I expected this idea to be more baked than it turns out to be. Looks like the reason for that is mainly that it's just economically half-baked. I've seen a patent that appears to claim the idea, but I'm pretty sure just a little more digging would reveal prior art.
We already have split unit air
conditioners that are less inconvenient to install than the "wall bangers" of old; so why not do the same thing for fridges?
I suppose before even asking why not, one first needs to ask why. Why? Well flexibility, in a nutshell (and to a lesser extent, not making the fridge fight against itself.)
If your coolth supply came in through the wall in some kind of pipe (maybe), you could duct that (suitably lagged) to wherever was convenient. The circuit could branch through your milk and butter cupboard (you do hate hard butter, right?) and be controlled in there to give you say 11 deg C. (You do hate runny butter, right?)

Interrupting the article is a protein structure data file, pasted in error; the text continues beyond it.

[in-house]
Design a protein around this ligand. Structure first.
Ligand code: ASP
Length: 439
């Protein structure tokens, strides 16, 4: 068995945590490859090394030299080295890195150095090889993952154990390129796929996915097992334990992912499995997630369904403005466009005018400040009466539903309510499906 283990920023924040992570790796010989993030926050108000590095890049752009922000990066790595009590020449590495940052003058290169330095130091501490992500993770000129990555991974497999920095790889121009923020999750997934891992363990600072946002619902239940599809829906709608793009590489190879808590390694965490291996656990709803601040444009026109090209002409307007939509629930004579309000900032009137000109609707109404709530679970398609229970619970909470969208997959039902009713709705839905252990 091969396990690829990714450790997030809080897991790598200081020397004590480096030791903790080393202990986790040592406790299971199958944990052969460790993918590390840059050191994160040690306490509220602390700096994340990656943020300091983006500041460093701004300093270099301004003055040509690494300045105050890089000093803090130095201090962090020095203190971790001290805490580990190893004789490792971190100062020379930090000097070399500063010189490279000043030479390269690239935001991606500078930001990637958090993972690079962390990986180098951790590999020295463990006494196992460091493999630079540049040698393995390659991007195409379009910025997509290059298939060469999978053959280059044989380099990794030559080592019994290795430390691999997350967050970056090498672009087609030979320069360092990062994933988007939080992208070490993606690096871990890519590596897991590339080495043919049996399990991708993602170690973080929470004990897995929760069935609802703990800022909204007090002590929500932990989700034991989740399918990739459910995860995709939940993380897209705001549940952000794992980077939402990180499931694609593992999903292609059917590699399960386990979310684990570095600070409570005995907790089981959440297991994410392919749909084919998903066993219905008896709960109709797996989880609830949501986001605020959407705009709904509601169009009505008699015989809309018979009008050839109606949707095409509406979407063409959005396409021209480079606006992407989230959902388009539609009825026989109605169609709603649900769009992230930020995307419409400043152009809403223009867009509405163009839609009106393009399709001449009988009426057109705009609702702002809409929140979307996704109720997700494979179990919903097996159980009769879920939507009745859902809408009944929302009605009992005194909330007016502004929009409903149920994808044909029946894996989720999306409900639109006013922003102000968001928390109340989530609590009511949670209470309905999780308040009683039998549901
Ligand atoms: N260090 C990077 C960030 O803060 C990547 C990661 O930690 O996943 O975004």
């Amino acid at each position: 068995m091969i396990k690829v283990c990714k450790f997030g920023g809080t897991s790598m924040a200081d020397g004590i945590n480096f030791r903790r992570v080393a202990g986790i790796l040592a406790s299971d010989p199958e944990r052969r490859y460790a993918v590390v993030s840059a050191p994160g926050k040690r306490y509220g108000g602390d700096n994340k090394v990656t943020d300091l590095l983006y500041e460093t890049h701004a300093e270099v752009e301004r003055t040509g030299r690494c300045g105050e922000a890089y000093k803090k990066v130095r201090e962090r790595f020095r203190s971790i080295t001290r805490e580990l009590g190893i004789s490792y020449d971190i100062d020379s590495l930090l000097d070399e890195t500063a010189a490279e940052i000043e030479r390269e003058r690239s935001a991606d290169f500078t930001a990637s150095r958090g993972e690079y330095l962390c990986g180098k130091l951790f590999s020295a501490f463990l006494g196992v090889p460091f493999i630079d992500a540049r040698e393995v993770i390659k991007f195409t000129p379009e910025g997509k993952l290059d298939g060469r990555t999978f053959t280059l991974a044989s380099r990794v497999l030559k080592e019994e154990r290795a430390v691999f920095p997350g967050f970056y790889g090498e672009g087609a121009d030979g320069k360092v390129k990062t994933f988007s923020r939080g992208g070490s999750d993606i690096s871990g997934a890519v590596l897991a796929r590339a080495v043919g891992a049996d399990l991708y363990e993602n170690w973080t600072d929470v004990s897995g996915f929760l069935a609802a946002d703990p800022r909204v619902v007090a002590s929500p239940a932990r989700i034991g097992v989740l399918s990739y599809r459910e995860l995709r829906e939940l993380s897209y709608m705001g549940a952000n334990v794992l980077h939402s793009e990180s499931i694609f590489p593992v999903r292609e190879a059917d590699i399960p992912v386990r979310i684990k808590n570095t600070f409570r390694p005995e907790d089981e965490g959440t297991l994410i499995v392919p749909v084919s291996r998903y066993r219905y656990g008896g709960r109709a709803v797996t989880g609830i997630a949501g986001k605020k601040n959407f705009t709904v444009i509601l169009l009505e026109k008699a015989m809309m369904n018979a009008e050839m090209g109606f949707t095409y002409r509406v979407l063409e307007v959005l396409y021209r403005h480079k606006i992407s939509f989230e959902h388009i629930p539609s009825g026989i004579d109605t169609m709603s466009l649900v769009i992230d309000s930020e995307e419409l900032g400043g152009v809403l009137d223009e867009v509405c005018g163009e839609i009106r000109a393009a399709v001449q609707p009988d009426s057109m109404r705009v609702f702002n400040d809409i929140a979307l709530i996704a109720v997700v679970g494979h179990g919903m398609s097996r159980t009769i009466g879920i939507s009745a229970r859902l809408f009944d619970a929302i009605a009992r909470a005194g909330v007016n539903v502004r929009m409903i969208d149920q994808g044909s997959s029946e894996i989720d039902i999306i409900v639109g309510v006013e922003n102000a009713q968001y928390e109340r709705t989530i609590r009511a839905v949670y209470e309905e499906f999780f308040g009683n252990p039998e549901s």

It could go up into the ceiling to your long-term freezer where you keep the bodies of your victims at a steady -17, pending processing.
Finally, it could even visit your beautiful mahogany refrigeration closet, where you keep all the beers.
You get the picture.
For a "piped fluid" system, you could use water, a lot of anti-freeze, and the lowest temperatures possible.
It would be a lot less noisy than your fridge is going to get when it gets old.
For people in hot countries this makes sense purely from the point of view of not heating the air around the fridge, thereby heating the fridge, thereby forcing the heat pump to do more work to offset this.